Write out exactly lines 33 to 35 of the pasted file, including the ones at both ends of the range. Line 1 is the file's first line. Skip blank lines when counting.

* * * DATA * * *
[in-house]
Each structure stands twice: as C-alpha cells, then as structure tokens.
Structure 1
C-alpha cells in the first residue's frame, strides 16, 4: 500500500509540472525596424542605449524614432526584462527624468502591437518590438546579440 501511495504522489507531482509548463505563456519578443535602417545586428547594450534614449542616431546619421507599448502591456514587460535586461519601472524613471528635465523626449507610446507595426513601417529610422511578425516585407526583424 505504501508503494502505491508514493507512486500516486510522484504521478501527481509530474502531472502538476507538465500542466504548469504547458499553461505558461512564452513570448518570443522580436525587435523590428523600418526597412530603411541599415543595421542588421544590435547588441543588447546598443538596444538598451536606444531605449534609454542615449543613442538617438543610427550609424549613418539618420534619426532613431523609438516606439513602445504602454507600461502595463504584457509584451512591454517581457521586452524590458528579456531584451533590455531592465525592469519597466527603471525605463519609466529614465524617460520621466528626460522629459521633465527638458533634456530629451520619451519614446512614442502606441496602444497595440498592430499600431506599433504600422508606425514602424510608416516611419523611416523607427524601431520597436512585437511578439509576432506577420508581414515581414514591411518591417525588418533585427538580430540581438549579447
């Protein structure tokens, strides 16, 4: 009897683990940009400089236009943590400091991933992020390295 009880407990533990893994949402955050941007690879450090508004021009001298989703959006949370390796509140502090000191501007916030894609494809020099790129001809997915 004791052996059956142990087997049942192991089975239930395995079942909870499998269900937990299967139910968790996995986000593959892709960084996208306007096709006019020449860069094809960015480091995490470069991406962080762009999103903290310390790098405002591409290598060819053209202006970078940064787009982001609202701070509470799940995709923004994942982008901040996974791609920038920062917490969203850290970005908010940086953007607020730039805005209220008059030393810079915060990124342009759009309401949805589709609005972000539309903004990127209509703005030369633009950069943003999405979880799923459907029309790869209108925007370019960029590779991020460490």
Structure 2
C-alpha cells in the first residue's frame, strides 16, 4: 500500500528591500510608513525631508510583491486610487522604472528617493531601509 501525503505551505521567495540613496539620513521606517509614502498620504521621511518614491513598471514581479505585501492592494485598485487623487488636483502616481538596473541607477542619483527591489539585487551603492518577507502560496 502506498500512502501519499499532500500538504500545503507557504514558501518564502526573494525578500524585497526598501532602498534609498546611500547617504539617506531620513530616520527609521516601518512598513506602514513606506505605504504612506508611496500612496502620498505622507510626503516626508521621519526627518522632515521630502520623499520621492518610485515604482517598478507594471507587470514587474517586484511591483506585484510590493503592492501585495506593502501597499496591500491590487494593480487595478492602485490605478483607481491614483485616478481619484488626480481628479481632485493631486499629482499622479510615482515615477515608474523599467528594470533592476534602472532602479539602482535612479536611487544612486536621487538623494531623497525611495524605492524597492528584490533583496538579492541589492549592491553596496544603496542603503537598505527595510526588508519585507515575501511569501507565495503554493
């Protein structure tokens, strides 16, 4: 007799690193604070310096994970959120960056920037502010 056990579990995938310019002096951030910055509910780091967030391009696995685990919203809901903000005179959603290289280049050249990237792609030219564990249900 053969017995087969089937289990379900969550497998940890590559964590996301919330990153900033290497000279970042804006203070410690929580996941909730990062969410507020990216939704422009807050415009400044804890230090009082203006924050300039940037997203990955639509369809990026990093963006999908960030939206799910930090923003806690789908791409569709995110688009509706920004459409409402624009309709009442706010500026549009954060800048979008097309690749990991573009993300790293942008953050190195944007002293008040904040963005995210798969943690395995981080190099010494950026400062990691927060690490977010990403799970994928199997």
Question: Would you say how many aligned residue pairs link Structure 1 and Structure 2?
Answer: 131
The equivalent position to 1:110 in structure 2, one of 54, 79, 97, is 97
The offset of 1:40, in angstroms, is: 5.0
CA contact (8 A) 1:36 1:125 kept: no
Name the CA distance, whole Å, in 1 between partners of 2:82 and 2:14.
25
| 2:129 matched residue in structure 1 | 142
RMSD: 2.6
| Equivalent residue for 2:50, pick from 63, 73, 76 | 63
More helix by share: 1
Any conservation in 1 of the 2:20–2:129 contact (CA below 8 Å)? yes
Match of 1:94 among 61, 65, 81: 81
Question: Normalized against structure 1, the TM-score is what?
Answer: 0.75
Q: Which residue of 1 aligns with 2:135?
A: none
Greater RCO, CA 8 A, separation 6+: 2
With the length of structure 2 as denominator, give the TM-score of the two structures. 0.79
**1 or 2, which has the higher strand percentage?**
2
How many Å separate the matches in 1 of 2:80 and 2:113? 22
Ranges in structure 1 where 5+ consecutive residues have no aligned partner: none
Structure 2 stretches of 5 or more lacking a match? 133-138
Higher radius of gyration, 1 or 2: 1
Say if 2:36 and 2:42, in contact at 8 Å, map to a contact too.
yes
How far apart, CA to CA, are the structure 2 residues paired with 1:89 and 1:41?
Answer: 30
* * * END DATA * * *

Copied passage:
Higher radius of gyration, 1 or 2: 1
Say if 2:36 and 2:42, in contact at 8 Å, map to a contact too.
yes